In their public statements, tobacco companies held that cigarettes had not been proven to be injurious to health. For example, a November 1953 press release issued by the American Tobacco Company stated, “…no one has yet proved that lung cancer in any human being is directly traceable to tobacco or its products in any form”. In a New York Times story based on this press release, the headline states that Mr. Hahn (President of the American Tobacco Company) characterizes the evidence of a link between cigarette smoking and an increase in the incidence of lung cancer as “Loose Talk”. In 1954, Philip Morris Vice President George Weissman announced that if the company had any thought or knowledge that in any way we were selling a product harmful to consumers, that they would stop business immediately. Senior scientists and executives at tobacco companies, however, knew about the potential cancer risk of smoking as early as the 1940s, and most accepted the fact that smoking caused cancer by the late 1950s.
A 1962 report by the R.J. Reynolds scientist Dr. Alan Rodgman characterized the amount of evidence accumulated to indict cigarette smoking as a health risk as “overwhelming,” whereas the evidence challenging such an indictment was “scant”.
In her decision regarding the allegation that the tobacco companies had violated RICO, Judge Kessler observed that the trial record amply showed a conspiracy to make false, deceptive, and misleading public statements about cigarettes and smoking from at least January 1954, when the Frank Statement was published, up to the present. The “Frank Statement to Cigarette Smokers” was a jointly sponsored advocacy advertisement published by tobacco manufacturers in January 1954. The advertisement appeared in 448 newspapers in 258 cities, reaching over 43 million Americans. The advertisement questioned research findings implicating smoking as a cause of cancer, promised consumers that their cigarettes were safe, and pledged to support impartial research to investigate allegations that smoking was harmful to human health.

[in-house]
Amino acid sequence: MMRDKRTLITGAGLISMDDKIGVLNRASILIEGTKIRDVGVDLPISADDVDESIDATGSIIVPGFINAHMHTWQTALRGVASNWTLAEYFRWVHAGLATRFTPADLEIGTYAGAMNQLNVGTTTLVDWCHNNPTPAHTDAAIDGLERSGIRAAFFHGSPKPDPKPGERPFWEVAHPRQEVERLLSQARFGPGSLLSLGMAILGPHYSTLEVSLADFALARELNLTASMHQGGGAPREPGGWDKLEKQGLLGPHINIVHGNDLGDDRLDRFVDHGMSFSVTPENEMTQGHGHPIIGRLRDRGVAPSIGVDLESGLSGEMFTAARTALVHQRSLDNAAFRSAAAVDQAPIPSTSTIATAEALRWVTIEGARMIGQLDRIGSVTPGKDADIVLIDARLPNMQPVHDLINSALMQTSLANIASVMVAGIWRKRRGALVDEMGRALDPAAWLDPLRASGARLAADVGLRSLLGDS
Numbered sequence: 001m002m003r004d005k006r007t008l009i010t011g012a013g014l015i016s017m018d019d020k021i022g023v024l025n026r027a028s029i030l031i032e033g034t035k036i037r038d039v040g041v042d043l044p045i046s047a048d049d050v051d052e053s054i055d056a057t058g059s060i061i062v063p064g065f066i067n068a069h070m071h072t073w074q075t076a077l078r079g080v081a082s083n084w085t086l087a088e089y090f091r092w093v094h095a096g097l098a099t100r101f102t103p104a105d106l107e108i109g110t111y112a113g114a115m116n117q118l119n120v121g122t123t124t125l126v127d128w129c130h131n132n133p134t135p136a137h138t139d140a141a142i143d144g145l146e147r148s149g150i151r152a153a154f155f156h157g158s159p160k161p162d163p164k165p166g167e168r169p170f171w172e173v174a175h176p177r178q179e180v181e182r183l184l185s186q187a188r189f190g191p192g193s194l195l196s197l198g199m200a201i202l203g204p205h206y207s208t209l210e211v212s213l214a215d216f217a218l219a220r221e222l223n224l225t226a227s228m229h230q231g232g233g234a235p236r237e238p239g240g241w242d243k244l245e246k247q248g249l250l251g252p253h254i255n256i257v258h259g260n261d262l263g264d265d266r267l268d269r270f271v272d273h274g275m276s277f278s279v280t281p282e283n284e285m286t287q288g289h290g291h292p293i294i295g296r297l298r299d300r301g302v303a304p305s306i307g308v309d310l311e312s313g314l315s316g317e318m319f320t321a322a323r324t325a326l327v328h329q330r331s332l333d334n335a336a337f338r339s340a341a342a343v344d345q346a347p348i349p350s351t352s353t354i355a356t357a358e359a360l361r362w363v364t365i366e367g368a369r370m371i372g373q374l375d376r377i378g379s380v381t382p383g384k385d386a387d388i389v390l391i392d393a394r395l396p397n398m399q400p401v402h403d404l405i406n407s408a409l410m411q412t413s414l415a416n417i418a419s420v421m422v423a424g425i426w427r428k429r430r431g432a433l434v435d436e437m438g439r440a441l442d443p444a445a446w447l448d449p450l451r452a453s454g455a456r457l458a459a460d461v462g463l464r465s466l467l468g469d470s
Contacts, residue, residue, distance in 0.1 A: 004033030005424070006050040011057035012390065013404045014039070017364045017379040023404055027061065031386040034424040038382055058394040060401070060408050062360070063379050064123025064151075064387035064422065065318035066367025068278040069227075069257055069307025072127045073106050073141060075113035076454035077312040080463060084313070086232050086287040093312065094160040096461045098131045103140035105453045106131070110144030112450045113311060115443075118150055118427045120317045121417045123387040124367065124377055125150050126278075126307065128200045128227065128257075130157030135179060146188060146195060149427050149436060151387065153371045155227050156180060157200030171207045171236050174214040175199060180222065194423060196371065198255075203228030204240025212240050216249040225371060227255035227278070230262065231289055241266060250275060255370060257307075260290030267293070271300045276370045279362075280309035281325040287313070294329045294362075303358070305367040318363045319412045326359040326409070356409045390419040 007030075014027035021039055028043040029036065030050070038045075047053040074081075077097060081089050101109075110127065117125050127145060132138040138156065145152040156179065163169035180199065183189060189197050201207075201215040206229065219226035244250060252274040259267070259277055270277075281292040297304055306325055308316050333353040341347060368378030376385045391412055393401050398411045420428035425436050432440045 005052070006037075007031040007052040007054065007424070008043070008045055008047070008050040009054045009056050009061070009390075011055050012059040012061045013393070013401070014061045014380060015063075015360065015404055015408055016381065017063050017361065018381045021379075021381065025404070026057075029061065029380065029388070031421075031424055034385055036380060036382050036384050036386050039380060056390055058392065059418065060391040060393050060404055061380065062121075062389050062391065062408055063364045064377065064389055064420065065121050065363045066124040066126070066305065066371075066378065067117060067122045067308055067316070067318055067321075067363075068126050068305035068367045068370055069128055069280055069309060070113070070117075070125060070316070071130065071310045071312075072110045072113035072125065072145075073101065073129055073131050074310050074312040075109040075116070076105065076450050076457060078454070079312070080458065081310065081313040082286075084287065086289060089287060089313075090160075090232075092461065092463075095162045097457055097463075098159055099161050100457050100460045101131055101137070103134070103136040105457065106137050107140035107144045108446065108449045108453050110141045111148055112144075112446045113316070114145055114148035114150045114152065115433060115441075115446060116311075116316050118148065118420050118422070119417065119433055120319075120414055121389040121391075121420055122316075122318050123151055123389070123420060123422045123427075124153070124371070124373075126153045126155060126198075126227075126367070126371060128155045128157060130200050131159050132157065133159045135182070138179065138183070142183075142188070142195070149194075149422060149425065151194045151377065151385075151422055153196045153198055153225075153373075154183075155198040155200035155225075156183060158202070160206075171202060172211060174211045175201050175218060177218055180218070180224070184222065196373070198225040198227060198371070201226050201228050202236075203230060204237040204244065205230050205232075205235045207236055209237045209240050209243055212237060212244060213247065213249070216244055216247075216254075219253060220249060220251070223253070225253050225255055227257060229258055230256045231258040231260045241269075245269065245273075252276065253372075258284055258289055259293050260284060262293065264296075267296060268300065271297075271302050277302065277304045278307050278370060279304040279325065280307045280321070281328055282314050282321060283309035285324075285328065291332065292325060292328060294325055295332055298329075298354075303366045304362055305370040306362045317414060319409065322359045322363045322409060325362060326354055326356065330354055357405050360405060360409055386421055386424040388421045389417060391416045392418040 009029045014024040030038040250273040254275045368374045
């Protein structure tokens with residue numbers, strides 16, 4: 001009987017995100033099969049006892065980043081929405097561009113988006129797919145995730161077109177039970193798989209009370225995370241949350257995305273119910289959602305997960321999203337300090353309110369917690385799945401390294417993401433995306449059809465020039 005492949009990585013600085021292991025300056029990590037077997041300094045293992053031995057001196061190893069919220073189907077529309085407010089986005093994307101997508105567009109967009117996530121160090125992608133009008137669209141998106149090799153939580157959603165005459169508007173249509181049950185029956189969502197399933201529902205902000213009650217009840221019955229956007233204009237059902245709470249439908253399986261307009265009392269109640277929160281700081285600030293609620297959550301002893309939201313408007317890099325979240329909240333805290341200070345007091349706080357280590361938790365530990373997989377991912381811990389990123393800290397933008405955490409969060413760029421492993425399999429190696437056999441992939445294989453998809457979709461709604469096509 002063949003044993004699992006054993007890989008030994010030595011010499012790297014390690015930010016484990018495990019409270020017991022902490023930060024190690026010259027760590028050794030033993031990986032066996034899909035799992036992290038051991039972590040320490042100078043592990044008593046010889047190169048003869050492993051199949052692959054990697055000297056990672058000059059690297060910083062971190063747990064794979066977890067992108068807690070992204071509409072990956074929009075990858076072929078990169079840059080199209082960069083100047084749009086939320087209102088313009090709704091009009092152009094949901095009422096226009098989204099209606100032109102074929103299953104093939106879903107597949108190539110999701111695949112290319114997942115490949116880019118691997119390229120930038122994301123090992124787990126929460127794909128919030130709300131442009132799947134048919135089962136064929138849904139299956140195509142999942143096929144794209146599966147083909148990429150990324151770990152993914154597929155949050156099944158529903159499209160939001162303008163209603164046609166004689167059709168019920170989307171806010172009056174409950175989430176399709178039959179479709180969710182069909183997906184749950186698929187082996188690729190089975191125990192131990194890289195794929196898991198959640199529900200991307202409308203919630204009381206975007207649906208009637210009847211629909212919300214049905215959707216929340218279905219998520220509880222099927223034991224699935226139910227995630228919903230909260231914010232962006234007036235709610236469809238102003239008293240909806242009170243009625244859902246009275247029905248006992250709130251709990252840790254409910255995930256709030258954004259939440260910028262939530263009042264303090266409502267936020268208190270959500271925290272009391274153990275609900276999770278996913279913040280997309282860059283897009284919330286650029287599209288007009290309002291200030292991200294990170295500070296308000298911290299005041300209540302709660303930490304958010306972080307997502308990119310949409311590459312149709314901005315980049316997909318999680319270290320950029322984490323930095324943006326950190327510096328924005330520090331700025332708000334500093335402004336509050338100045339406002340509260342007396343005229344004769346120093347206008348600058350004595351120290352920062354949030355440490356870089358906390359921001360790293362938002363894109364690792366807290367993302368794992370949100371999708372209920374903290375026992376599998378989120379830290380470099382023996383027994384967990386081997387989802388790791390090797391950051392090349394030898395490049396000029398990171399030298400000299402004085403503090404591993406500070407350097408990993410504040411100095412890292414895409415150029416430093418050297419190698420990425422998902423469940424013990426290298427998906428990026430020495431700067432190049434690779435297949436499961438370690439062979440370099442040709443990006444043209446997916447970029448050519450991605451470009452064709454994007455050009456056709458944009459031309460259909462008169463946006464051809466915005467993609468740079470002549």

The tobacco documents reveal how the tobacco industry worked together since the early 1950s to create a pro-cigarette public relations campaign to mislead the public about the dangers of smoking to advance their collective interest to market cigarettes.
In 1955, Dr. Clarence Little, the first Scientific Director of the Tobacco Industry Research Committee (TIRC), appeared on the Edward R. Murrow show and was asked, “Dr. Little have any cancer-causing agents been identified in cigarettes?” Dr. Little replied, “No. None whatever, either in cigarettes or in any product of smoking, as such.” Dr. Little was also asked, “Suppose the tremendous amount of research going on were to reveal that there is a cancer causing agent in cigarettes, what then?” Dr. Little replied, “It would be made public immediately and just as broadly as we could make it, and then efforts would be taken to attempt to remove that substance or substances”.